- Create an implementation (Knippen & Green, 1997)
The similarity of these steps to the construction of a performance appraisal defends its relevance to any organization. As previously mentioned, performance appraisals exist to influence desired behaviors, or goals of the organization. Progression through the problem-solving steps facilitates communication among managers and employees to establish common goals and identify the means to achieve them through an implementation plan.
The consideration of preferred communication methods will influence the success of problem-solving techniques. Employees preferring a more oratory or participatory approach will voluntary share ideas and opportunities for personal development, requiring management to take a listening role in the process. Conversely, managers may appraise employees who take on an observer role that demands greater managerial involvement to stimulate conversation to make the process beneficial. Each role demands different skills of management, yet both are expected to stimulate brainstorming activity to improve results for effective problem-solving.
Longenecker and Nykodym (1996) consolidated PAP improvement needs from managerial and employee perspectives that impact the spectrum of RCM. Each of the aforementioned problem areas discussed by scholars (i.e. honesty, clarity, neutrality, involvement, expectations, and development) can be drawn from the survey results and linked to RCM dimensions for remediary action. No single PAP problem area correlated with a specific RCM dimension; rather, the collection of PAP problem areas impacted the RCM model as a whole.
Honesty. Managerial honesty regarding employee performance ranked among the top three employee-suggested improvements needed for quality performance appraisals (Longenecker & Nykodym, 1996). This issue centers on employee belief of satisfactory performance against expressed achievements or impairments conveyed by management. Managers remain liable for honest and truthful feedback regarding employee performance based on established baseline objectives and end goals. The shortfall of honesty within PAP, be it conscious or unconscious from a managerial perspective, impacts the value of the appraisal process.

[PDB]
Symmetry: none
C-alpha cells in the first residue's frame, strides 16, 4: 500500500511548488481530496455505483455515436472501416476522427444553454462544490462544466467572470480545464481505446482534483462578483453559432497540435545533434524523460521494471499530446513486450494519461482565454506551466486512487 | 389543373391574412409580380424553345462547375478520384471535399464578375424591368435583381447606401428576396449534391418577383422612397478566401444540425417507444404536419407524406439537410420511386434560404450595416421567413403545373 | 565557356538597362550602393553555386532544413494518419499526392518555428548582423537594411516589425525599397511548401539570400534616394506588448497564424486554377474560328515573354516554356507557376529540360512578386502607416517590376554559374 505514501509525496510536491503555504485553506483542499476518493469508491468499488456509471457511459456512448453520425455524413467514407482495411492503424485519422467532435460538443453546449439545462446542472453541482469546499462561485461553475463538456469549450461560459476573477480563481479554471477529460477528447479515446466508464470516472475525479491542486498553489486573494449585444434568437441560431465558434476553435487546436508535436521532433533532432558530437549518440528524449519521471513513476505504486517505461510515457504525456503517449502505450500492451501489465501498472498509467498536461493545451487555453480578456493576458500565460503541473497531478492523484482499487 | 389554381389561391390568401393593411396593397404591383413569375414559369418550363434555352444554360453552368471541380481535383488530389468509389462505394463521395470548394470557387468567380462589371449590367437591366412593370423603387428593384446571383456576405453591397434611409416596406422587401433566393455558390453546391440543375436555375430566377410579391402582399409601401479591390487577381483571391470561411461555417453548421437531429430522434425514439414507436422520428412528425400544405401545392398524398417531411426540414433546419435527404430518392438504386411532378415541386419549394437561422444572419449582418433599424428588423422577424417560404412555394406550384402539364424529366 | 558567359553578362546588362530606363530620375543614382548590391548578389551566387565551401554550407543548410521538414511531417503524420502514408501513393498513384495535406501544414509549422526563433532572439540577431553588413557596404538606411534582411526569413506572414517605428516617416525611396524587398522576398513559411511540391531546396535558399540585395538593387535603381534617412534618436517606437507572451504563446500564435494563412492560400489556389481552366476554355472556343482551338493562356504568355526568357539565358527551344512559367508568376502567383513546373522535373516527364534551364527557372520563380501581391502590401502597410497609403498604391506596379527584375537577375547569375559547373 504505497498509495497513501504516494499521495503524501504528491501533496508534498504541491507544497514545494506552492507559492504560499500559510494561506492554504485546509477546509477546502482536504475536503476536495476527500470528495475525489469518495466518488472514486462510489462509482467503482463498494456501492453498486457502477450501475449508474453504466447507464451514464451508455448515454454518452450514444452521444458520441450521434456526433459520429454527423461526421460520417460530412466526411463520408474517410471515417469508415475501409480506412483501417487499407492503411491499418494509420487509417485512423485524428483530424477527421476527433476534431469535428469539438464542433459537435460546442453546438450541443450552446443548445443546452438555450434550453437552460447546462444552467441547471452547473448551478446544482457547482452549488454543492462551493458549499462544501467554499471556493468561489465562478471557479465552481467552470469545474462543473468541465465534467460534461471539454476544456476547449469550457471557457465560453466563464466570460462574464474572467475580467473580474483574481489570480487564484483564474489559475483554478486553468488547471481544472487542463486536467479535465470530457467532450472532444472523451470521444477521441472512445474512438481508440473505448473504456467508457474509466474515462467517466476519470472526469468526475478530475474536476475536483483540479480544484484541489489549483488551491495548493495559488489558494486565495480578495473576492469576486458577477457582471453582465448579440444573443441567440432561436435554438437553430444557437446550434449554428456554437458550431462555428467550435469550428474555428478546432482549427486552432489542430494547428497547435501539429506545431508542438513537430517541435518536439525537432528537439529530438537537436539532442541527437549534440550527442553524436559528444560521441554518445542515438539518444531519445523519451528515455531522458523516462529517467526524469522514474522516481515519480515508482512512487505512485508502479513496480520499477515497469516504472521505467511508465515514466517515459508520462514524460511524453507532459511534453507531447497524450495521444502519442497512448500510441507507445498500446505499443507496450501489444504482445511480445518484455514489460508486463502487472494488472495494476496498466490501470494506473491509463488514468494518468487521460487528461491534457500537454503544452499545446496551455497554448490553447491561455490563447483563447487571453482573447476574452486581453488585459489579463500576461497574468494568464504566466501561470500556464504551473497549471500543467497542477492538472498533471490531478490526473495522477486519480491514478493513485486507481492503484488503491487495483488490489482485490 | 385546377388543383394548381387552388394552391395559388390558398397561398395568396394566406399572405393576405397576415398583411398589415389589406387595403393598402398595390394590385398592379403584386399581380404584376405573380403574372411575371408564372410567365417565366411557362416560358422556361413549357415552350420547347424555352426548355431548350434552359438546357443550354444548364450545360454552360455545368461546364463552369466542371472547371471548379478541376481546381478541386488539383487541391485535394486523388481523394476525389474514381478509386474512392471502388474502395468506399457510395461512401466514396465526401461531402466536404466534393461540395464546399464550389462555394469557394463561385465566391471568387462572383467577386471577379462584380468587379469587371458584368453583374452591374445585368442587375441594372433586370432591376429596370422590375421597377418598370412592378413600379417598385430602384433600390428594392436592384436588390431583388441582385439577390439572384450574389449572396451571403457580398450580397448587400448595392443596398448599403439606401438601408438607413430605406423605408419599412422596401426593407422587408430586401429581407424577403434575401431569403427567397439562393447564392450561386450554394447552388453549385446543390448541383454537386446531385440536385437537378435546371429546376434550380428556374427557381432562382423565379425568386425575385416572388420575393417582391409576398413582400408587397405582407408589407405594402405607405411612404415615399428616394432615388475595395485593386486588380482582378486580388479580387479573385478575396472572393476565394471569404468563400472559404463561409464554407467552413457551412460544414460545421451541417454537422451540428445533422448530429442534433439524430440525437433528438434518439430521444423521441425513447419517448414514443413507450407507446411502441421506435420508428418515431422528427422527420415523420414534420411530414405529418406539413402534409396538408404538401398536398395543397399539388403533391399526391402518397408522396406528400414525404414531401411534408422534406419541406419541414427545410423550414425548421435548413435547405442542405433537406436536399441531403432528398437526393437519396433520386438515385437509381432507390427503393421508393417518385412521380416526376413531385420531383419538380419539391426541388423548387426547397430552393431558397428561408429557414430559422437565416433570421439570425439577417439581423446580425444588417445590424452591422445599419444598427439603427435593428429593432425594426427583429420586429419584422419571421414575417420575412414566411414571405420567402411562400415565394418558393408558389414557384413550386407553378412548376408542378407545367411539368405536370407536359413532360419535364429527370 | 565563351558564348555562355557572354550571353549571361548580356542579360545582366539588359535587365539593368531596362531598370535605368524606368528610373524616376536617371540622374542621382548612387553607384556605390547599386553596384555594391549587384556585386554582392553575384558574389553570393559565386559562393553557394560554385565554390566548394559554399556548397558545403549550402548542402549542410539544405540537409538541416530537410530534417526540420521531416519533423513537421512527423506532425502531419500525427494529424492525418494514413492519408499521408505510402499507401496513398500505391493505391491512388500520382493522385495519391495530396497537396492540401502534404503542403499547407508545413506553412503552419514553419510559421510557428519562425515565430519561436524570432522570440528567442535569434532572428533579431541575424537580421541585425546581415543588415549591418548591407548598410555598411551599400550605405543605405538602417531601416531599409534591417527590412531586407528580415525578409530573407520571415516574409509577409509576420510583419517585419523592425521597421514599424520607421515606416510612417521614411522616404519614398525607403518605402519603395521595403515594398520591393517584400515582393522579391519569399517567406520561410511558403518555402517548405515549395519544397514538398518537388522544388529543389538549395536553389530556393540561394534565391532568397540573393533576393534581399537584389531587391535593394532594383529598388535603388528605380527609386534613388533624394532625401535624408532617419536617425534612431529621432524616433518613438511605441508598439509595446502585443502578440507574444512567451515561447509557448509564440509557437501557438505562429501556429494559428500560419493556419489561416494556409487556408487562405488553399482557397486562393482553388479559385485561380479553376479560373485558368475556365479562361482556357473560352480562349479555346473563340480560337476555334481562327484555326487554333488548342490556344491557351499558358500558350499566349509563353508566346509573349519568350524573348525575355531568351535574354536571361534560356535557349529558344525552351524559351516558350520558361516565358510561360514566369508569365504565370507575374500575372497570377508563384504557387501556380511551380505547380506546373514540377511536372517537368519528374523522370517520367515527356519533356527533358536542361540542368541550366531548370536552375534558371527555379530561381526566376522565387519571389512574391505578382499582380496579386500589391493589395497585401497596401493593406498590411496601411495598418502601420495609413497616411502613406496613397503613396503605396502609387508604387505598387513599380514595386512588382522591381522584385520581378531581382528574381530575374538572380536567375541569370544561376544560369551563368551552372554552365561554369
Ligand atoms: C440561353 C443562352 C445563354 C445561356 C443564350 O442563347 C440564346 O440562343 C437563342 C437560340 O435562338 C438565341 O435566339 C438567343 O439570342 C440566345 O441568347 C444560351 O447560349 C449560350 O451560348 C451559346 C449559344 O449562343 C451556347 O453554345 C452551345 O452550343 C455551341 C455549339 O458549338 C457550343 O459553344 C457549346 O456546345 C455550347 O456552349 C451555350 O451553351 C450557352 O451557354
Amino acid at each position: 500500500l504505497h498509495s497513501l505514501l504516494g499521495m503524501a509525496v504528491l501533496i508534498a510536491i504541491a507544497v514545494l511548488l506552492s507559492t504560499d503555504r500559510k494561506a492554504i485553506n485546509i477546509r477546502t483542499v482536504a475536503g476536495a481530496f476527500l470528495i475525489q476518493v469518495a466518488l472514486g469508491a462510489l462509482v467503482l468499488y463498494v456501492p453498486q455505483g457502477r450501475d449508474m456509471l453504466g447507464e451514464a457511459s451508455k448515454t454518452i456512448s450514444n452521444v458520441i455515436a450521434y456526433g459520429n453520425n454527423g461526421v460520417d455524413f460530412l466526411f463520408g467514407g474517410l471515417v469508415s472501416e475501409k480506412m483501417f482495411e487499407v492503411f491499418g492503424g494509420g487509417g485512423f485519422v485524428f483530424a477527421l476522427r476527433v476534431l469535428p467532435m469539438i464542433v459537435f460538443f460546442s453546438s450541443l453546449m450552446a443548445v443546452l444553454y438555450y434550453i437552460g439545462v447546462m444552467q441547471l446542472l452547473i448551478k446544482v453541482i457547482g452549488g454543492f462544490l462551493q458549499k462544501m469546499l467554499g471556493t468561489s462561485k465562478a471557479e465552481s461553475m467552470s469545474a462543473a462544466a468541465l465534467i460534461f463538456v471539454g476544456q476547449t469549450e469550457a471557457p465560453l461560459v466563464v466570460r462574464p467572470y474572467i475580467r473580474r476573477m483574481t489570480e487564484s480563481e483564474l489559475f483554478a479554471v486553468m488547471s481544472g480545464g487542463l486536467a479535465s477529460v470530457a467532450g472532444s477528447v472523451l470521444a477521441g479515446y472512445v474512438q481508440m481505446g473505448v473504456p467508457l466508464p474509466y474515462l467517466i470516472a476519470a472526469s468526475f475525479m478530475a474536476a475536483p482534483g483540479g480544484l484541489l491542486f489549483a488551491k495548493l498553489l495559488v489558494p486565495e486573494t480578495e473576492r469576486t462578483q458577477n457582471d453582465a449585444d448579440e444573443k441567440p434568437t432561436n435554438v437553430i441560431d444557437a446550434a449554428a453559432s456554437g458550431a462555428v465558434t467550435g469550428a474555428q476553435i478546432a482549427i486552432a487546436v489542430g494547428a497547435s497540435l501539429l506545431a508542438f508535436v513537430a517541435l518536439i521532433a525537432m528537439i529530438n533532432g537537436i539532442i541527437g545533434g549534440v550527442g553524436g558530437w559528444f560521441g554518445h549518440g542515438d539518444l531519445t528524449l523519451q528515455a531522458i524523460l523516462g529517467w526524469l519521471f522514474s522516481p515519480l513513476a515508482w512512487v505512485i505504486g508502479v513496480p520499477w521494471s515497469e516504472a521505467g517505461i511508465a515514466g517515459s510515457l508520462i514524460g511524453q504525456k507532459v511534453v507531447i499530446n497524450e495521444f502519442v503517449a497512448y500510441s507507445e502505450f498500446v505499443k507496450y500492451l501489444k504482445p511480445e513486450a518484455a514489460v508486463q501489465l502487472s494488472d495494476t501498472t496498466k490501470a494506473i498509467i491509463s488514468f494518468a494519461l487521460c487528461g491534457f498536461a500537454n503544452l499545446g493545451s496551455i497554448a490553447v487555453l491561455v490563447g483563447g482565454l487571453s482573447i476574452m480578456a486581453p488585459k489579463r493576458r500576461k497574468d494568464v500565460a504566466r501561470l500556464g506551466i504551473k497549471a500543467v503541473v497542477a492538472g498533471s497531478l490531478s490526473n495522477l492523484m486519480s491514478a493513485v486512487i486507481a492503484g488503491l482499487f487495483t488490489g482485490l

It is often suspected that management regards particular employees on a personal level above others, with these personal relationships impacting appraisal results. Such bias in PAP construction resonated throughout the administered survey, as apparent through metrics provided in Appendix D. Alternative views from managerial roles claimed employee sensitivity and defensiveness (17%) resulting in management’s omission of truthful performance claims within performance appraisals. While both roles bear weight, their issues stem from underlying conditions that can be resolved through RCM inclusion.
Accuracy of communication impacts all aspects of RCM, from shared goals and knowledge to respect. Based on managerial feedback contained in the Longenecker and Nykodym (1996) survey, employees received performance feedback in a negative fashion, which potentially stemmed from delivery or the preexisting manager-employee relationship. Credibility and respect greatly impact employee perception of management. Managers who practice positive moral behaviors and exercise transparency are perceived as more honest individuals, lessening defensive behaviors upon discussion of performance expectations. The development of positive manager-employee relationships through collaboration, communication, and mutual respect can reduce personal opinion and foster a more honest and conducive appraisal environment.
Clarity. Proper clarification of expectations varied in respective roles within the survey administered by Longenecker and Nykodym (1996). Managers are expected to clarify the expectations of employees in relation to organizational mission and objectives. When such clarification is lacking, employees often flounder in their understanding of how to achieve these objectives and resort to achieving minimal standards. This psychological platform convinces employees that negative action will be limited as they continue to perform their day-to-day actions expected to maintain business practices. It can also contribute to the level of engagement observed by management, where employees unsure of managerial expectations may disengage from their role.